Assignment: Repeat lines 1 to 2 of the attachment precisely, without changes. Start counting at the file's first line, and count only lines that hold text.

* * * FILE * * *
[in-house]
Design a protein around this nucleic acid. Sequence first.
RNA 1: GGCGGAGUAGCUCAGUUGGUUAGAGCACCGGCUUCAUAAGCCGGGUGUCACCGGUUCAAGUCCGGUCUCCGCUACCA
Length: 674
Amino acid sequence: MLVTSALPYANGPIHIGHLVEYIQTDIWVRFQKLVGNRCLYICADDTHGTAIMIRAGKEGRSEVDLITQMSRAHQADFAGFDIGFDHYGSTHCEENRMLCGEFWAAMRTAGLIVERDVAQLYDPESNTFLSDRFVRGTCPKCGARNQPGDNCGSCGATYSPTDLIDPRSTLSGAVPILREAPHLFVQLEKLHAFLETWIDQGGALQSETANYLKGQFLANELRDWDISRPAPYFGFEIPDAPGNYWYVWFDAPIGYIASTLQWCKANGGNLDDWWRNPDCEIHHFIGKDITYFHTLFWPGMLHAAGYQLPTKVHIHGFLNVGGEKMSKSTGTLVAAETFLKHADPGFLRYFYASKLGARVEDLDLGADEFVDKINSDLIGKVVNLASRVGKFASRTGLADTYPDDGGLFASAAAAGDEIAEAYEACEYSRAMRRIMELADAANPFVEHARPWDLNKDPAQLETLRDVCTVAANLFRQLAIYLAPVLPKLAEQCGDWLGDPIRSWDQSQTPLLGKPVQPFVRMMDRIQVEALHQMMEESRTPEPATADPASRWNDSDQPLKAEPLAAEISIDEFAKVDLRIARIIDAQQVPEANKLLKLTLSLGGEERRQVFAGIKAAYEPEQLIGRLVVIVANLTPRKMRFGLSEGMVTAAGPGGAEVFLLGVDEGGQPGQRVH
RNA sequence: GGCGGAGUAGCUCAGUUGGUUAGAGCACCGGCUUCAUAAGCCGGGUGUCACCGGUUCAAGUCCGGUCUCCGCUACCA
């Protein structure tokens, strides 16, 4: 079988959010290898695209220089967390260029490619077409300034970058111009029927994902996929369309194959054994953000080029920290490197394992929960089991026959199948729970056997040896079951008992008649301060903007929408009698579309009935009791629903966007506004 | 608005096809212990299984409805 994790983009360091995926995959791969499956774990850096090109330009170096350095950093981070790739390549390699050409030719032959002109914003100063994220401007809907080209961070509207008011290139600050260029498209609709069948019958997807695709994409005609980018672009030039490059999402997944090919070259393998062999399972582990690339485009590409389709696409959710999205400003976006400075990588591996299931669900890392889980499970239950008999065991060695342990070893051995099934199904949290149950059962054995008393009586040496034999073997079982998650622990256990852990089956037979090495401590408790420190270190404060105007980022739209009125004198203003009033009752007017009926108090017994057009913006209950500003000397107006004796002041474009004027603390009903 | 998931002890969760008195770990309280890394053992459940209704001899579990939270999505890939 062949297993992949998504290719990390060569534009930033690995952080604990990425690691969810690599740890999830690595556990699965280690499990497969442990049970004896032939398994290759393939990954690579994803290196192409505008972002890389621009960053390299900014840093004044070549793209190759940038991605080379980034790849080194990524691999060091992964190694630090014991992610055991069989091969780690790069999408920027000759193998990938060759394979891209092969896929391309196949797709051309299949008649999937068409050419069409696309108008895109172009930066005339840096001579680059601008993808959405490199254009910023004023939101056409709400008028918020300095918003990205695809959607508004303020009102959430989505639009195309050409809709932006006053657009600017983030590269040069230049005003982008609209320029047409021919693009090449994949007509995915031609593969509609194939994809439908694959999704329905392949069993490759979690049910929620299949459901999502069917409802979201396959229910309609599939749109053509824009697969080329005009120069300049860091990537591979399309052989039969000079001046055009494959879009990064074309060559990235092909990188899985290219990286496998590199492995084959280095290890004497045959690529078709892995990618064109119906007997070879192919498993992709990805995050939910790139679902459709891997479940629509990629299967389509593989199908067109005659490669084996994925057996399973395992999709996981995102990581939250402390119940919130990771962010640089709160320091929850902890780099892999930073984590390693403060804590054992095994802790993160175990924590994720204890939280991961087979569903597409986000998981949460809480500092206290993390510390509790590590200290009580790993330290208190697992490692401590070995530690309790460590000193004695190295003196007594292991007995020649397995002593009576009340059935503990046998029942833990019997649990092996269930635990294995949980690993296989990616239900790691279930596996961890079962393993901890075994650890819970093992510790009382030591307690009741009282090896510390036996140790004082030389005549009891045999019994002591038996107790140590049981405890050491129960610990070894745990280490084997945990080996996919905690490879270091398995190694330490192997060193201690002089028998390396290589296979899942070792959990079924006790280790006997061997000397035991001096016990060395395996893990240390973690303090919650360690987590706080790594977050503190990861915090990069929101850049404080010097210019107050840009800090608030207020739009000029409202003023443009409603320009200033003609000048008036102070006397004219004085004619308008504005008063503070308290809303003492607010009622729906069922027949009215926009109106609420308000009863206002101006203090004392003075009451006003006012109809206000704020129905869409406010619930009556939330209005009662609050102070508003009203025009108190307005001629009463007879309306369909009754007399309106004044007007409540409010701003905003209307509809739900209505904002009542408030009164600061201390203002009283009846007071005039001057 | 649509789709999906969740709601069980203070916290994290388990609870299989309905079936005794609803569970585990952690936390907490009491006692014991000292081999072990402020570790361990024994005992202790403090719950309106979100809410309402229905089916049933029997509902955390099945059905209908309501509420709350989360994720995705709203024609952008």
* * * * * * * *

[in-house]
Design a protein around this nucleic acid. Sequence first.